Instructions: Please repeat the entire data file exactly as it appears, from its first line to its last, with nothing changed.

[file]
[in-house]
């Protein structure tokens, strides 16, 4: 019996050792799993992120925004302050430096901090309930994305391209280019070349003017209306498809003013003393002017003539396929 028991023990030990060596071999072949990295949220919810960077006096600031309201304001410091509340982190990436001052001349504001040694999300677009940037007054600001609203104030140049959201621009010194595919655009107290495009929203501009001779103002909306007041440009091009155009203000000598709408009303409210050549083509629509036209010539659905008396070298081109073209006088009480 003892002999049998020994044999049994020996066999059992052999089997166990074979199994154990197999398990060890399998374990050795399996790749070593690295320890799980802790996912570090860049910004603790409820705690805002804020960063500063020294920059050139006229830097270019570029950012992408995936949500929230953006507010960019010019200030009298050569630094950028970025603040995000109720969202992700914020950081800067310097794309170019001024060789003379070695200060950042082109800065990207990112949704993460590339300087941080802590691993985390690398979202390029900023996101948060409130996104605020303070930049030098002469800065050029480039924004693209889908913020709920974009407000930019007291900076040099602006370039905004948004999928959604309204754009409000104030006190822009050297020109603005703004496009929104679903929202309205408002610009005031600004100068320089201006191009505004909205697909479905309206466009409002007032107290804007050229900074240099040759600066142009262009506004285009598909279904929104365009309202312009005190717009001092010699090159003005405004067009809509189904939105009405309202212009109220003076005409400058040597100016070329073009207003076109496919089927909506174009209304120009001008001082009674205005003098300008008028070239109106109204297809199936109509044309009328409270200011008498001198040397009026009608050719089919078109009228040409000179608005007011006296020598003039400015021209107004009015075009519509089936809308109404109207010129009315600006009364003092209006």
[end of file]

[in-house]
């Protein structure tokens, strides 16, 4: 019996050792799993992120925004302050430096901090309930994305391209280019070349003017209306498809003013003393002017003539396929 028991023990030990060596071999072949990295949220919810960077006096600031309201304001410091509340982190990436001052001349504001040694999300677009940037007054600001609203104030140049959201621009010194595919655009107290495009929203501009001779103002909306007041440009091009155009203000000598709408009303409210050549083509629509036209010539659905008396070298081109073209006088009480 003892002999049998020994044999049994020996066999059992052999089997166990074979199994154990197999398990060890399998374990050795399996790749070593690295320890799980802790996912570090860049910004603790409820705690805002804020960063500063020294920059050139006229830097270019570029950012992408995936949500929230953006507010960019010019200030009298050569630094950028970025603040995000109720969202992700914020950081800067310097794309170019001024060789003379070695200060950042082109800065990207990112949704993460590339300087941080802590691993985390690398979202390029900023996101948060409130996104605020303070930049030098002469800065050029480039924004693209889908913020709920974009407000930019007291900076040099602006370039905004948004999928959604309204754009409000104030006190822009050297020109603005703004496009929104679903929202309205408002610009005031600004100068320089201006191009505004909205697909479905309206466009409002007032107290804007050229900074240099040759600066142009262009506004285009598909279904929104365009309202312009005190717009001092010699090159003005405004067009809509189904939105009405309202212009109220003076005409400058040597100016070329073009207003076109496919089927909506174009209304120009001008001082009674205005003098300008008028070239109106109204297809199936109509044309009328409270200011008498001198040397009026009608050719089919078109009228040409000179608005007011006296020598003039400015021209107004009015075009519509089936809308109404109207010129009315600006009364003092209006």